Criticism. Essay. Fiction. Science. Weather.
Last week Mr. Evans made the rules and then hid from them.
I have been a voracious consumer of Archie comic books, as literary objects, since my early childhood. These days -- it seems that it's been this way ever since the less-than-amicable departure of Dan Decarlo from the company -- the writers and artists are crap, but during the Seventies and Eighties, in particular, all kinds of interesting things were going amongst the stories of teen love triangles and seasonally-appropriate adolescent adventures. I am thinking of one story, in particular, called "The Rules Maker." It is a short story, half of a comic book page, comprised in its totality of only three or four panels. In the first, Archie, who is playing tennis with the bully in the group, a big, blathering blonde-haired fellow named Moose, calls Moose's shot out
. And we can see that the shot is
out. In the cartoon panel, animated by dialogue but frozen in time physically, the ball's trajectory is marked by a couple of swooshing motion lines, and those lines clearly converge with the ground outside the legal territory demarcated by the white boundary lines. Moose approaches the net to contest the call, and Archie approaches to engage the dissent. "The rules maker," Moose says,"says that it was in."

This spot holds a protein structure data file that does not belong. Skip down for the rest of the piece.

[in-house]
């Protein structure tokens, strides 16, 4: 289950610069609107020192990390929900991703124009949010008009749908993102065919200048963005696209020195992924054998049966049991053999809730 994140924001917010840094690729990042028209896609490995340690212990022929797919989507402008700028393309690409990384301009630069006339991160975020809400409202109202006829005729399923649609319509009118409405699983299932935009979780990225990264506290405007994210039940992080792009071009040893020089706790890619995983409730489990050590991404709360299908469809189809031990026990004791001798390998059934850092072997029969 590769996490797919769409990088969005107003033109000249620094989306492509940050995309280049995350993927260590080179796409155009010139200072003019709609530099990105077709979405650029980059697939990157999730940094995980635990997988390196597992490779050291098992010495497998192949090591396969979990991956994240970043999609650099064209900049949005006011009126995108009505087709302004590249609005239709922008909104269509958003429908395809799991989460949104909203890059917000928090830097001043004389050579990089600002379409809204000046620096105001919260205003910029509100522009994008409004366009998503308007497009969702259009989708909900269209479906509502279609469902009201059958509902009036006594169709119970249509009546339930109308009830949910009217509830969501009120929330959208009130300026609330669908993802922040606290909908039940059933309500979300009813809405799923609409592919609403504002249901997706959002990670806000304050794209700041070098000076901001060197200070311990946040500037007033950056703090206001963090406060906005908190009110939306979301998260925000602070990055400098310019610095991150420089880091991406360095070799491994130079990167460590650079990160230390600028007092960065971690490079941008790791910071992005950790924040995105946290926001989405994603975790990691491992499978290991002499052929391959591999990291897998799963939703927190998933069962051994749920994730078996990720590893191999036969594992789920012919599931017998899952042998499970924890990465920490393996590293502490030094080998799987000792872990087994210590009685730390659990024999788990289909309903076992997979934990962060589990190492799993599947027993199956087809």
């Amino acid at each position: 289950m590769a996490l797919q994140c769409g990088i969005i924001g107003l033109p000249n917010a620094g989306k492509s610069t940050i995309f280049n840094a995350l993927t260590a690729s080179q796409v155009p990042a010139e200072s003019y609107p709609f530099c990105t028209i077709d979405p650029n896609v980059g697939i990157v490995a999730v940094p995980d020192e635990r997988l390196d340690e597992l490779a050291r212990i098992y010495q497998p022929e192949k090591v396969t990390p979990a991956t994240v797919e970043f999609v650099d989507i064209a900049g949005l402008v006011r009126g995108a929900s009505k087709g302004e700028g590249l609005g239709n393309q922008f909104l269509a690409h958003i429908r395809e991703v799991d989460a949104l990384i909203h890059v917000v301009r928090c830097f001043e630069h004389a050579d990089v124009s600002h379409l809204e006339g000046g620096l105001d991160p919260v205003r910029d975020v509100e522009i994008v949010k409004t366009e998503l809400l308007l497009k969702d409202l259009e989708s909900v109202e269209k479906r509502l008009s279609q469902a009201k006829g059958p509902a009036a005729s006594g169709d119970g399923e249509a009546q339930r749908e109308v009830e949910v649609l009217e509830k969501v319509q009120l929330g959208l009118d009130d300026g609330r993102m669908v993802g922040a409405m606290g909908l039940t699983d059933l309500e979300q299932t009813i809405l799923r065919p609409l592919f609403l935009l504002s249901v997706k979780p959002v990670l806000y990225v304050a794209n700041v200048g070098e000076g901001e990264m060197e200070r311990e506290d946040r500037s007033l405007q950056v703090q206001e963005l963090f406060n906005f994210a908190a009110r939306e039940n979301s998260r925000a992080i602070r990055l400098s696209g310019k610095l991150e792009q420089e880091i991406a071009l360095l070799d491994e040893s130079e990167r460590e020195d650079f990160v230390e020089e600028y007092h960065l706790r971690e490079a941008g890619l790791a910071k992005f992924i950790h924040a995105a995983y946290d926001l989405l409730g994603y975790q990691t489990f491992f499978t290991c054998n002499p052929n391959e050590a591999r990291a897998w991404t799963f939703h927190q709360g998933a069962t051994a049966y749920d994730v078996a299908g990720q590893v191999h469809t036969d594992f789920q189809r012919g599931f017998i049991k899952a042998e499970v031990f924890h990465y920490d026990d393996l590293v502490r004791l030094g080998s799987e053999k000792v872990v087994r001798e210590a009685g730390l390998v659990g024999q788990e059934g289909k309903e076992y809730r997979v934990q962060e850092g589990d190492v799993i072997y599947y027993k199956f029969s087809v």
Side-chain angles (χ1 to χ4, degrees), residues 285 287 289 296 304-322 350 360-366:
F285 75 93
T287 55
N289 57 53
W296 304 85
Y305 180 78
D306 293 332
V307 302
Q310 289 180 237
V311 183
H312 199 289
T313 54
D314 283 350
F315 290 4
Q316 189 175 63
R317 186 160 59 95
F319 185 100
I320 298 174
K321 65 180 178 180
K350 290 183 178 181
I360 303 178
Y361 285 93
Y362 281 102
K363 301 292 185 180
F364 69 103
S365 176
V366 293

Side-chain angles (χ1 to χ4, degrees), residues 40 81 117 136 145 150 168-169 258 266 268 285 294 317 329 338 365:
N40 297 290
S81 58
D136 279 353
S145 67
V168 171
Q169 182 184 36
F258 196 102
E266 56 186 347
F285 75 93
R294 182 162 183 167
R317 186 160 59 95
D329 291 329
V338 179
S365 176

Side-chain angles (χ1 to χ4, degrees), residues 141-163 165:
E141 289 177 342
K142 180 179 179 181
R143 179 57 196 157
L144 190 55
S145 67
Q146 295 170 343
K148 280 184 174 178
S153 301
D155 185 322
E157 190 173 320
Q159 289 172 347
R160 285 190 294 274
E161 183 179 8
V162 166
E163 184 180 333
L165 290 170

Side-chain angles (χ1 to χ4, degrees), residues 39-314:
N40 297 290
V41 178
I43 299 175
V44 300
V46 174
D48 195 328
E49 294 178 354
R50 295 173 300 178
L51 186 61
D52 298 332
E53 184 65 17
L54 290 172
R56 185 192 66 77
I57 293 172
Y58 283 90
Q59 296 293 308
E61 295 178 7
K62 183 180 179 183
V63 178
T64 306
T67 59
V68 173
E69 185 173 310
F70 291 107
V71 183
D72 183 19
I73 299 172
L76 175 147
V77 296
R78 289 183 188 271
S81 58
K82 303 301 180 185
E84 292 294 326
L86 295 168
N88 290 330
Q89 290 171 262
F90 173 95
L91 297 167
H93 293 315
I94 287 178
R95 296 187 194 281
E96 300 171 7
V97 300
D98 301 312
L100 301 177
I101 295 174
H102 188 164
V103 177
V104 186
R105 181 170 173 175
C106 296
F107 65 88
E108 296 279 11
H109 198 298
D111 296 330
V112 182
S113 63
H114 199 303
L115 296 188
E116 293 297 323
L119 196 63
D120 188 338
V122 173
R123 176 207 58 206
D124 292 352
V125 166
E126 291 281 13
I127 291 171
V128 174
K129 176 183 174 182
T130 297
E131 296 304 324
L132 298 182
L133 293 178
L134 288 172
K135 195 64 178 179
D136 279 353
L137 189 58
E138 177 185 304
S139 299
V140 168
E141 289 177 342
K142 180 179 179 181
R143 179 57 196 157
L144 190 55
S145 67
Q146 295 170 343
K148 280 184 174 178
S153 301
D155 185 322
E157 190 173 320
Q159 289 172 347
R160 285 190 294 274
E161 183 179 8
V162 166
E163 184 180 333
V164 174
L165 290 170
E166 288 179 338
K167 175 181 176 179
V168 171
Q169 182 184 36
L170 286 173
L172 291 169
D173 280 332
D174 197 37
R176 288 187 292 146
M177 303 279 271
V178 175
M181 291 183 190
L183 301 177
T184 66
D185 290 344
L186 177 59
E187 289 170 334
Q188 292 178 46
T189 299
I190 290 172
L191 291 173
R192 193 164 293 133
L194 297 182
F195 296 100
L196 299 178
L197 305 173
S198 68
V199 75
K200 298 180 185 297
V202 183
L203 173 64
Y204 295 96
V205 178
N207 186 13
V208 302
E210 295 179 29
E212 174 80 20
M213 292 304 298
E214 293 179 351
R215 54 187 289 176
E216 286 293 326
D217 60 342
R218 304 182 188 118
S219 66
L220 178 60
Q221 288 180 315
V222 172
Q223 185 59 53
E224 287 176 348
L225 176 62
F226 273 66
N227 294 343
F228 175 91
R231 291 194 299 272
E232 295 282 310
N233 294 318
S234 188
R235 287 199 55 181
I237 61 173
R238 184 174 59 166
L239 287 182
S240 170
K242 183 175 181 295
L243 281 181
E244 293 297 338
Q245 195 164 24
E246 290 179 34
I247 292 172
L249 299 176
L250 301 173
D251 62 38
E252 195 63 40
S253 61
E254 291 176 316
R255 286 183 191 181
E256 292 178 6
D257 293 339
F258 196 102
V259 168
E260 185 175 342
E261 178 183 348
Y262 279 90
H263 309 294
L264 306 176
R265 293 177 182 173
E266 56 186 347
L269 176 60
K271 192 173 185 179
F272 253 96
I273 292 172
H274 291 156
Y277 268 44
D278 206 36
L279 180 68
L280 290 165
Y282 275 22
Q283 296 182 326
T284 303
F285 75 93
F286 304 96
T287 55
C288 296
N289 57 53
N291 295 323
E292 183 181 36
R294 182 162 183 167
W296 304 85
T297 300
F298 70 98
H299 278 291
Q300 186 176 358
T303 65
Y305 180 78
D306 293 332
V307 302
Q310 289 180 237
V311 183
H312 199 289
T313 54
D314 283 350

Archie frowns, furls his brow:
"What rules maker?" he says, with dubiousness.
Moose folds one of his massive fists into a ball and holds that ball of flesh and knuckle, of lines and brushstrokes, near Archie's face.
"This rules maker," he says, moving it very slightly (the movement, once again, indicated by swooping, swooshing motion lines),
Archie smiles nervously, perspires slightly.
"Oh," he says. "That rules maker."
Does anything else really need to be said about the rules?
I have been invited to use this space, and some of this material, to write about "rules and other contracts of mutual indifference." I'd rather share the following story:
Two summers ago. We have a student on our program named Celeste. Celeste has thick thighs, overdeveloped breasts, and is of Central American or, more likely than that, Caribbean origin. She offers conflicting explanations, but what we all know is that she was adopted as an infant by a white family and raised in a small town in upstate New York. Usually, when working with high school students, you can figure that there are going to be two groups that you have to deal with: the popular kids, the kids who fit into the group, who are probably going to try to break the rules, but who really cares if they do because they'll be doing it with each other and in a controlled environment; and, on the other hand, the losers, the kids who don't fit into the group, who form a few clumsy alliances amongst themselves but for the most part sit in corners, lean against bus windows, examine their fingernails. You can count on the members of that group, which is really not a group but rather the antithesis of a group, the group comprised of that which does not comprise the group, to obey the rules with a sense of indifference.